Pontrhydyfen, Wales - From the small Welsh village of Pontrhydyfen, where the actor Richard Burton was born, we set out in Sue's van on a day's excursion to Laugharne to see Dylan Thomas's boathouse, now a national historic site an hour and half away.
The winding cobblestone streets of sleepy Laugharne, on Carmarthen Bay, with their craft shops, bookstores and pubs, lead us to the car park at Taf estuary.
Here, the wind blows off the ocean, and white caps, a mixture of sand and foam, crash onto the shore under an overcast grey sky.
A light rain falls as we walk around the circular bay, wetlands on one side and on the other a large ruined Norman castle, Talacharn, built in the 13th century. J.M.W. Turner painted a watercolour of this castle in the 19th century.
It isn't until we get close to the boathouse perched above us on a cliff that we realize it's inaccessible to Mike, our friend in a wheelchair, so part of our group heads off for the pub instead.. I stay on for the tour.
At the top of the stairs we find Thomas's writing shed, a rather lyrical term for a very tiny garden shed with marvellous views of the bay. In this small room sits a desk and chair, some books, scraps of rejected writing and cigarette butts.
Further along is the boathouse, where Thomas lived from 1949 to 53 with his wife, Caitlin, and their three children and where he wrote Under Milk Wood. Richard Burton, a good friend of Thomas's, read the poem on the BBC.
The house has two levels. Step into the cozy living room and you can almost hear Thomas's theatrical voice boom out.
Every room in the house looks out on the angry sea. It always amazes me how excited the Welsh and the English get just watching the ocean, particularly on a rough day. The second floor is a meeting room for poetry readings in the summer and contains memorabilia of the poet's life.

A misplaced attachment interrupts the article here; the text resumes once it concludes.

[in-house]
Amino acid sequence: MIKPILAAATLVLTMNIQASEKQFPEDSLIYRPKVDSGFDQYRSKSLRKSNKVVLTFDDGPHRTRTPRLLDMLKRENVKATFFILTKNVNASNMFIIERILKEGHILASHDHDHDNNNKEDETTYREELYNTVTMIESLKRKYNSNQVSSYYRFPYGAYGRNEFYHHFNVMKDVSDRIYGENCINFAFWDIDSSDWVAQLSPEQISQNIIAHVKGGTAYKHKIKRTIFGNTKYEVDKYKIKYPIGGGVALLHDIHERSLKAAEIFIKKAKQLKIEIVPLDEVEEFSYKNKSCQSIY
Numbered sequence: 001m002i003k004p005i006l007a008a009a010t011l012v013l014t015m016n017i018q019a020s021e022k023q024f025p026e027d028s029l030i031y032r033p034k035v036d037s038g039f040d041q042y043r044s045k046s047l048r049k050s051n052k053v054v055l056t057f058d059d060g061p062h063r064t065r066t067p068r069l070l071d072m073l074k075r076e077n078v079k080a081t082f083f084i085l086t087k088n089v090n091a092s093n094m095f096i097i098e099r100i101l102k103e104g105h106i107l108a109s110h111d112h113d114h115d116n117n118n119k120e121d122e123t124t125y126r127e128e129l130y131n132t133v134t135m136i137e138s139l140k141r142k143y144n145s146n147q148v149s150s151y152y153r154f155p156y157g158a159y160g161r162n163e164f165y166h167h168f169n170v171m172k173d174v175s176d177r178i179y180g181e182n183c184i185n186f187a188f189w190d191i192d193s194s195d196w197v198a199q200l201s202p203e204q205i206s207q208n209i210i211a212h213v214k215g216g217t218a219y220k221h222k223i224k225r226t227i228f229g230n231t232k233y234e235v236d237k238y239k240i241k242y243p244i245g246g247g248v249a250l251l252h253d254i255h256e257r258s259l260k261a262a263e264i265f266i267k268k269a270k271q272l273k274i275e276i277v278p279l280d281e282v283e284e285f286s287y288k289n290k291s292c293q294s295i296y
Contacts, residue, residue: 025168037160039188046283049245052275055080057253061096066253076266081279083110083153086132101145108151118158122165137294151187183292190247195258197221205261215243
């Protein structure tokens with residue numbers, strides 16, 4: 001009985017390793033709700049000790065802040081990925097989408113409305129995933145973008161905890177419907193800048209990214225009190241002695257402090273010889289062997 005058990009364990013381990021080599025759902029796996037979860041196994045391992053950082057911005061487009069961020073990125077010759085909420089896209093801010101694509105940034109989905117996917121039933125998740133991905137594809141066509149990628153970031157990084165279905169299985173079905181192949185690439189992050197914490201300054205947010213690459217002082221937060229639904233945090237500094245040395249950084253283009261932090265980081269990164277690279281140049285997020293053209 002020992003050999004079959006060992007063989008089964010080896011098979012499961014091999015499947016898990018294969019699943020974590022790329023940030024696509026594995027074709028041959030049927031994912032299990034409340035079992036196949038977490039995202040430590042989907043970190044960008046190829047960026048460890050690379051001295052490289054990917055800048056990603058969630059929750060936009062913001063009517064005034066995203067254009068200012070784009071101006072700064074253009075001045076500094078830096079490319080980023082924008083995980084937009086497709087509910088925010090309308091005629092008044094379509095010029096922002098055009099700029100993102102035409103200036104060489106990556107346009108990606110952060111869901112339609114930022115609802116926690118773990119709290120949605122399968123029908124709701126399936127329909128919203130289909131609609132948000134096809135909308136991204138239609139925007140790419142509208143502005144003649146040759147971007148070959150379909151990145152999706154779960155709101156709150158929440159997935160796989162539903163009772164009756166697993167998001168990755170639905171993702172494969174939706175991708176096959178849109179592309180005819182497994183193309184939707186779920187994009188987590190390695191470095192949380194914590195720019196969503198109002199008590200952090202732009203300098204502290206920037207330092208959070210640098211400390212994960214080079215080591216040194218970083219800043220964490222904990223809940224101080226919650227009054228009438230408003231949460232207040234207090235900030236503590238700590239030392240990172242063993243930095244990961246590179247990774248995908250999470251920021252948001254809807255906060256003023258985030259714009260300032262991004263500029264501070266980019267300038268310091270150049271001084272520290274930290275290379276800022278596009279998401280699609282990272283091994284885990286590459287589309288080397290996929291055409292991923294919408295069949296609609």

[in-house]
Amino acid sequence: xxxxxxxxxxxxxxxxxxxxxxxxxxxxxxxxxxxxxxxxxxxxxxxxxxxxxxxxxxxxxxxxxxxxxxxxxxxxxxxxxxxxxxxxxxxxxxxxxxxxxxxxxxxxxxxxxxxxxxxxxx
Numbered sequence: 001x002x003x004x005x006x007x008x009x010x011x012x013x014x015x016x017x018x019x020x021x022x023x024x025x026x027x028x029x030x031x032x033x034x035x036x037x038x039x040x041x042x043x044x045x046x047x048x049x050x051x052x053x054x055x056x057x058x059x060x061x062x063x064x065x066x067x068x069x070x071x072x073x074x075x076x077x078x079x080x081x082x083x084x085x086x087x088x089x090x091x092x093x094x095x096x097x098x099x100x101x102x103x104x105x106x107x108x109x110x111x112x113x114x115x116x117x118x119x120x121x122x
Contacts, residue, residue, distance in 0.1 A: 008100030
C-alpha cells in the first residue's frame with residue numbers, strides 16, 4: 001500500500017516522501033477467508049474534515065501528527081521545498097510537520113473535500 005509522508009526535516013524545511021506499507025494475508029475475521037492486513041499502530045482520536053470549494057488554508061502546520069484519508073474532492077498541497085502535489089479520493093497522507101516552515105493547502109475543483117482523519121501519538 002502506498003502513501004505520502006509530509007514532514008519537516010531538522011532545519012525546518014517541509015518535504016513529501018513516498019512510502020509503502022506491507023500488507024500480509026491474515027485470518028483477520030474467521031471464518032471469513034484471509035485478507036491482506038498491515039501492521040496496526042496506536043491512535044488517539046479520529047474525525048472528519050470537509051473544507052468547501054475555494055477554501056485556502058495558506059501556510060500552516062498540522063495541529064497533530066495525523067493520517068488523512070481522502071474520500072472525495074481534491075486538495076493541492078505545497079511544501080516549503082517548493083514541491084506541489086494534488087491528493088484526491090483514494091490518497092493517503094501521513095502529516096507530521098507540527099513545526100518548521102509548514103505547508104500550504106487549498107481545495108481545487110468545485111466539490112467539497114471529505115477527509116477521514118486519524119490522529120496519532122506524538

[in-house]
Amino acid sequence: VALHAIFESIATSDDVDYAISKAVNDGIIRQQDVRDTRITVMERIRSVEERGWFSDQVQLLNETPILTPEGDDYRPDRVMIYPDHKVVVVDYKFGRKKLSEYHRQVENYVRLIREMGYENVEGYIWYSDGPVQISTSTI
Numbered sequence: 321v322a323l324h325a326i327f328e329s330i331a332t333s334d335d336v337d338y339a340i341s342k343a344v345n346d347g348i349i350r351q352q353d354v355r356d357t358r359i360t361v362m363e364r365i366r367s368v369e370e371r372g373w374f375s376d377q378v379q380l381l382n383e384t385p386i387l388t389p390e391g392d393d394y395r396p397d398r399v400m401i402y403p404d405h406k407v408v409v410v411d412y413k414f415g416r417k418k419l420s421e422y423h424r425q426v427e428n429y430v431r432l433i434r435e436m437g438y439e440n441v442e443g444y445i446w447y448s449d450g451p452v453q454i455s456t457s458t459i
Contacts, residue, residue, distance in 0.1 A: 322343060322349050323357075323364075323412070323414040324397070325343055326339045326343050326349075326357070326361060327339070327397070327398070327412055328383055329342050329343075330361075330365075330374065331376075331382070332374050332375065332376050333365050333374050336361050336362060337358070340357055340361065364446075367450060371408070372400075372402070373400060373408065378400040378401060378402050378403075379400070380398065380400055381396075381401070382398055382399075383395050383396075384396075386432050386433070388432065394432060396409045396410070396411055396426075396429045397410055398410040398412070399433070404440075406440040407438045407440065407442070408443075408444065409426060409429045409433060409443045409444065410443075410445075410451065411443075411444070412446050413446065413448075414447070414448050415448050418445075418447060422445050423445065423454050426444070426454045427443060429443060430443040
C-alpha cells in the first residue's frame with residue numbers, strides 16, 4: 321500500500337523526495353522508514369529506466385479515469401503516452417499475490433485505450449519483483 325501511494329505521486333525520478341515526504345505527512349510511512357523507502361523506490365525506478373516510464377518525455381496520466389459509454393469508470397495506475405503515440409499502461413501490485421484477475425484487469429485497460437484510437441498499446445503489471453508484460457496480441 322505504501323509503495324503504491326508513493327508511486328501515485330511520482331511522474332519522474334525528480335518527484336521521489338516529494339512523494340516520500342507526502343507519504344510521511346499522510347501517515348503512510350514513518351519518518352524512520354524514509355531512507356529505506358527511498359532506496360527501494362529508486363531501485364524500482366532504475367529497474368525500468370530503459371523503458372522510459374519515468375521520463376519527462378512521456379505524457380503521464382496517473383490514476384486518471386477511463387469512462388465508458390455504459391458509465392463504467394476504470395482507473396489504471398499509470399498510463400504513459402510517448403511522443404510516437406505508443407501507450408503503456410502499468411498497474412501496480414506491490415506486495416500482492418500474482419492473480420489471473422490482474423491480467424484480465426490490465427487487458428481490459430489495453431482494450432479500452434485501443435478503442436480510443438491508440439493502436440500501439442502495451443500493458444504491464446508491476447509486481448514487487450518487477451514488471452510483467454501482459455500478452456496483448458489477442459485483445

Dylan Thomas died after an alcoholic binge in New York. His body was returned to Laugharne to be buried in a nearby churchyard not far from Brown's Hotel, where he loved to drink.
Brown's Hotel is closed for the season, so we stop at a local pub for a frothy coffee. We're hungry, but the pub chef is off ill. Maybe Saundersfoot, a town further along the coast, will provide fish and chips.
Just as we arrive, workers in the street have cut the cables for the electricity. No lunch here, so we drive on to another pub.
Funny noises come from the engine as we head home along the A40. The fan belt has broken, stranding us in a layby outside Carmathen, the oldest Roman town in Wales, where we wait for the Royal Automobile Club to give us a tow and a means of getting home.
Meanwhile, a retired detective responsible for all of Swansea arrives in the guise of the Good Samaritan, offering us tea and the use of the washrooms in his nearby house.
It's his 65th birthday, and he wants us to be part of the celebrations. Monica pushes Mike in his wheelchair, and the rest of us walk. We skip the tea and settle for brandy and wonderful company.
The taxi takes us all the way to our Welsh cottage, all paid for by the RAC, which shows how, even when the chef's away from your chosen lunch spot, you're in a town that's lost its electricity and your car breaks down, you can still have a perfect day.